10.Learned counsel for the appellant then argued that since Pritam Singh, Atrik Singh, Jagdish and Harbans had been acquitted in the connected case by the Sessions Court and their acquittal was upheld by the High Court, it would not be safe to convict Amrik Singh on the basis of the prosecution evidence which had implicated the acquitted co- accused also and which evidence had not been believed. The argument does not appeal to us. Falsus in uno falsus in omnibus has never been accepted either as a rule of law or 569 evidence. The High Court was aware of the acquittal of the co-accused and has after considering the evidence independently confirmed the order of the learned Sessions Judge convicting appellant Amrik Singh. We find that the appreciation of evidence by both the courts is sound and proper. We agree with the reasoning of the High Court in holding that the prosecution has established the case against appellant Amrik Singh beyond a reasonable doubt. In the established facts and circumstances of the case, we however, alter the conviction of Amrik Singh from the offence under Sections 302/149 IPC to one under Sections 302/34 IPC and sentence him to suffer imprisonment for life and to pay a fine of Rs 1.000 and in default of payment of fine to undergo rigorous imprisonment for one year. We also convict him for the offence under Sections 307/34 IPC (instead of under Sections 307/149 IPC) and sentence him to seven years' rigorous imprisonment and to pay a fine of Rs 1000 and in default of payment of fine to undergo one year rigorous imprisonment. His conviction and sentence for the offence under Section 148 IPC is maintained.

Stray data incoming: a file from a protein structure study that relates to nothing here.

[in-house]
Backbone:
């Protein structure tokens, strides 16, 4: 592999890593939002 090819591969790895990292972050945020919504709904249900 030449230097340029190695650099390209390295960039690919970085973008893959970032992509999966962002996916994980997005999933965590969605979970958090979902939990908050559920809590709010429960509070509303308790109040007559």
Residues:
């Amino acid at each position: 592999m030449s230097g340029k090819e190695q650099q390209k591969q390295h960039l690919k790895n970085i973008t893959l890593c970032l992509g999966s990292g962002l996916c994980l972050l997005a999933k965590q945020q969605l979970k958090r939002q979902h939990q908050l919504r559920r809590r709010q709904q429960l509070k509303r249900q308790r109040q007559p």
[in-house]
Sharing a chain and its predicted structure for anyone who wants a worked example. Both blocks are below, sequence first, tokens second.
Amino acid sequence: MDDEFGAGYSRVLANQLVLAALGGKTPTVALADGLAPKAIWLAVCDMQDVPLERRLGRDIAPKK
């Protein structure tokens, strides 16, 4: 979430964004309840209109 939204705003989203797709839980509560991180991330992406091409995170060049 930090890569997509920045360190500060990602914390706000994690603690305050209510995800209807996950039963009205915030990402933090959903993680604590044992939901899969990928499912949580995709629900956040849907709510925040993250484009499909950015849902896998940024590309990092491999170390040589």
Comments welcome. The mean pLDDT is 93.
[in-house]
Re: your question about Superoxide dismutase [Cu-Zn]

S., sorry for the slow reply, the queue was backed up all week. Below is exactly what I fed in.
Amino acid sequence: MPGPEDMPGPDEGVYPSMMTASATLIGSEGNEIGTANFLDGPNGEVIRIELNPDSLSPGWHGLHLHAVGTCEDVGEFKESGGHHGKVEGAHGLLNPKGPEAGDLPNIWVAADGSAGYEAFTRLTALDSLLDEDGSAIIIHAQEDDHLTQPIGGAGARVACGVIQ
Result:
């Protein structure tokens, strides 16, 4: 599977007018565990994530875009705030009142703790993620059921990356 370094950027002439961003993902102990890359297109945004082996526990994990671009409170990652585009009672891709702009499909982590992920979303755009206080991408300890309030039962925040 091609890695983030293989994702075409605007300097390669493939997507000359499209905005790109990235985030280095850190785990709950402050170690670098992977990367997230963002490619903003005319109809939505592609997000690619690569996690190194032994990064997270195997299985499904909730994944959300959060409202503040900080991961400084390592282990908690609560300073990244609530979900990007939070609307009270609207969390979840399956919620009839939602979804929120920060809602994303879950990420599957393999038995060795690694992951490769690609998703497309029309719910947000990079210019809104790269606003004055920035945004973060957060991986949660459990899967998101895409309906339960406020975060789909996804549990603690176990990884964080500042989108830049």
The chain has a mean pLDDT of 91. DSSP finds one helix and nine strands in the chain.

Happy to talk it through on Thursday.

11.With the aforesaid modification in the conviction the appeal filed by Amrik Singh fails and is hereby dismissed.